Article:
Money management and financial literacy is perhaps one of the most important mental skill sets that an adult human being can have. Unfortunately, it is often something completely left out of secondary education and many families fail to properly instill in their children the values and concepts related to money management.
If you are interested in giving your child a financial leg up, below are some important tips for teaching them about money management.
Set ground rules.
Anytime your child has money to burn, whether from a birthday, a holiday, or a part-time job, it is always a good idea to have them calculate exactly how far that money will go. If they are interested in a new iPod or a jacket at the local mall, have them go online and find out how much the item costs beforehand, including the tax. This will give them a better idea of exactly how far a fixed amount of money is capable of going.
Become a savvy shopper.
Being a savvy shopper is the exact opposite of being an impulse shopper. Teach your children about bargain and sale hunting, and let them know that second hand, or used goods can yield hidden gems that are just as functional and aesthetically pleasing as a brand new items. Just because something is immediately available, doesn’t mean that it is the best value for your money.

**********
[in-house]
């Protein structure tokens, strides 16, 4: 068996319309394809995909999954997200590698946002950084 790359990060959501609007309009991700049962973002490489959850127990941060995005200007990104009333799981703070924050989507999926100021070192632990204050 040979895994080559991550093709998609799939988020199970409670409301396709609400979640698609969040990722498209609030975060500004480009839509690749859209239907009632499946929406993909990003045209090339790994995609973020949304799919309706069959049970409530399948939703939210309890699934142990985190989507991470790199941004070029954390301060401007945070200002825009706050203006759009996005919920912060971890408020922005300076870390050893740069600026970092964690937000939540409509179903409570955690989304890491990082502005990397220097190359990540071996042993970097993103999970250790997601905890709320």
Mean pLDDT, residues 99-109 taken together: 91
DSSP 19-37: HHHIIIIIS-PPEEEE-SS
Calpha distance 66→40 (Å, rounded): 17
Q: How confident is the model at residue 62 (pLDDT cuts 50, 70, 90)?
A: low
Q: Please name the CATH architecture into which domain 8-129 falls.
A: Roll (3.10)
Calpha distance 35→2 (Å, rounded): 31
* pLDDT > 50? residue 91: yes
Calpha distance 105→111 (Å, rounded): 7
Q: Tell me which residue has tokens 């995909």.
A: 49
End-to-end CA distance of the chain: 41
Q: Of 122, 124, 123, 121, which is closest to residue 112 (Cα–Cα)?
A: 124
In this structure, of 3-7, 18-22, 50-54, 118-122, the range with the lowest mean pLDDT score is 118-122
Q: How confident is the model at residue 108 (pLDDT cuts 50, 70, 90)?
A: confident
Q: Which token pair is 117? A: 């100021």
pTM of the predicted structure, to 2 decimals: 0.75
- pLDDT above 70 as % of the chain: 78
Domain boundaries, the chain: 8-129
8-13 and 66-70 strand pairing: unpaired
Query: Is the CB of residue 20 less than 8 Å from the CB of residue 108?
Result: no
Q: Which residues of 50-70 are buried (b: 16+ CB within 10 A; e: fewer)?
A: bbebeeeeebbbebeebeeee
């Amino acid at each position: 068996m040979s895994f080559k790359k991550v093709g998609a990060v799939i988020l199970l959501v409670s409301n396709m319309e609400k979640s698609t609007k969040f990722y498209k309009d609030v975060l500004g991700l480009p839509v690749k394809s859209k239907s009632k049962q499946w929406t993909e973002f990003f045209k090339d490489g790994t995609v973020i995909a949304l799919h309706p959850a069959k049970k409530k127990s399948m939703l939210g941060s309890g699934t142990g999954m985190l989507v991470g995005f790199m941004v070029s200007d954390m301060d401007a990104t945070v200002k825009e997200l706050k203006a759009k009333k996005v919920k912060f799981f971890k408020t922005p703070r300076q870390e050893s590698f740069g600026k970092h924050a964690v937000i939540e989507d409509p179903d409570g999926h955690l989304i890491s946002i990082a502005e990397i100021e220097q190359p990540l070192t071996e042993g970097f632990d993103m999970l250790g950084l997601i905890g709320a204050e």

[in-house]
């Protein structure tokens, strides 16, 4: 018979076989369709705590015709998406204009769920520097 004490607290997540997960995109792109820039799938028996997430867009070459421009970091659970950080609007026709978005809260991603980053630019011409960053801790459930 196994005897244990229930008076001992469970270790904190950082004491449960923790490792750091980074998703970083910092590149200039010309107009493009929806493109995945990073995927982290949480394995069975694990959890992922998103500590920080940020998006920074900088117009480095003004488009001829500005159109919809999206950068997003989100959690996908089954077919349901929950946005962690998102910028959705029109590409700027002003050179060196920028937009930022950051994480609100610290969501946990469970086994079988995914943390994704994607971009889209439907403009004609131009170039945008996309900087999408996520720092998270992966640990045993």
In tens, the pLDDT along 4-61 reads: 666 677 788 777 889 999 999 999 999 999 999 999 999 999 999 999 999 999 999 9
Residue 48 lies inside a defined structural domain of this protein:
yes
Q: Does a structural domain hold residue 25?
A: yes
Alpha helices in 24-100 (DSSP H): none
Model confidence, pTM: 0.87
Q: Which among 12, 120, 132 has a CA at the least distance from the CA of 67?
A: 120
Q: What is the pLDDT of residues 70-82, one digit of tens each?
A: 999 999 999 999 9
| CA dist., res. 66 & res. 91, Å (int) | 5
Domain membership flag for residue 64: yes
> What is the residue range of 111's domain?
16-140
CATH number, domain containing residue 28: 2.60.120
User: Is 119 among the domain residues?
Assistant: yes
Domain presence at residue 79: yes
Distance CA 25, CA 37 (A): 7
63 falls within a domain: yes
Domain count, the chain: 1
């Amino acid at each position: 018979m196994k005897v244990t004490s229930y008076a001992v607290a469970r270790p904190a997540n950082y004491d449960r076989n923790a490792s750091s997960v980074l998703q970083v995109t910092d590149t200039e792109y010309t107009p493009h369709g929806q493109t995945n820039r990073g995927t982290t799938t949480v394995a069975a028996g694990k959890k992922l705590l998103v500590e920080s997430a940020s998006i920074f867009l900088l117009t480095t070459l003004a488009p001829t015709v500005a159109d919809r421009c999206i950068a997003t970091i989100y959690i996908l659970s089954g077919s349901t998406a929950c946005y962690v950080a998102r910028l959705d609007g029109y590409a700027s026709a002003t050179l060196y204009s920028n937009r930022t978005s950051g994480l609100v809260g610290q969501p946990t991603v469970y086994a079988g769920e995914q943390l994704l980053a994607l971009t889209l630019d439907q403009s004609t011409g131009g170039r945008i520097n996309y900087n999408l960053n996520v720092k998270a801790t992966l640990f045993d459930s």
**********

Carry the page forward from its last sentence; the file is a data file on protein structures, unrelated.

Set an early foundation.
While giving your children the autonomy to think and do for themselves is fundamental to creating high functioning, capable adults, they do need ground rules to ensure that they develop healthy habits. Their finances are no different. Provide guidance with your children’s finances, making sure they know that, not only will they have to work for what they want, but that that money is not 100% disposable. Have them set up a savings account or have them place a certain percentage of their earnings or birthday money in a GIC or government bonds to teach them about investing and growing their money.
Set a good example.
Your actions speak louder than words. Let your children see how you go about handling the finances of your home. Give them a good idea of where the money comes from, and how it is dispersed. Let them know that everything (from the lights, to the phone, to the TV and Internet) costs money. Money that you had to earn. Have them see that being responsible with your money is a prerequisite to living a less stressful life.
Teaching your children basic financial literacy and responsibility from an early age will help turn them into fiscally responsible adults. Knowing how to manage, invest and save money are life skills on par with writing a resume and cultivating relationships.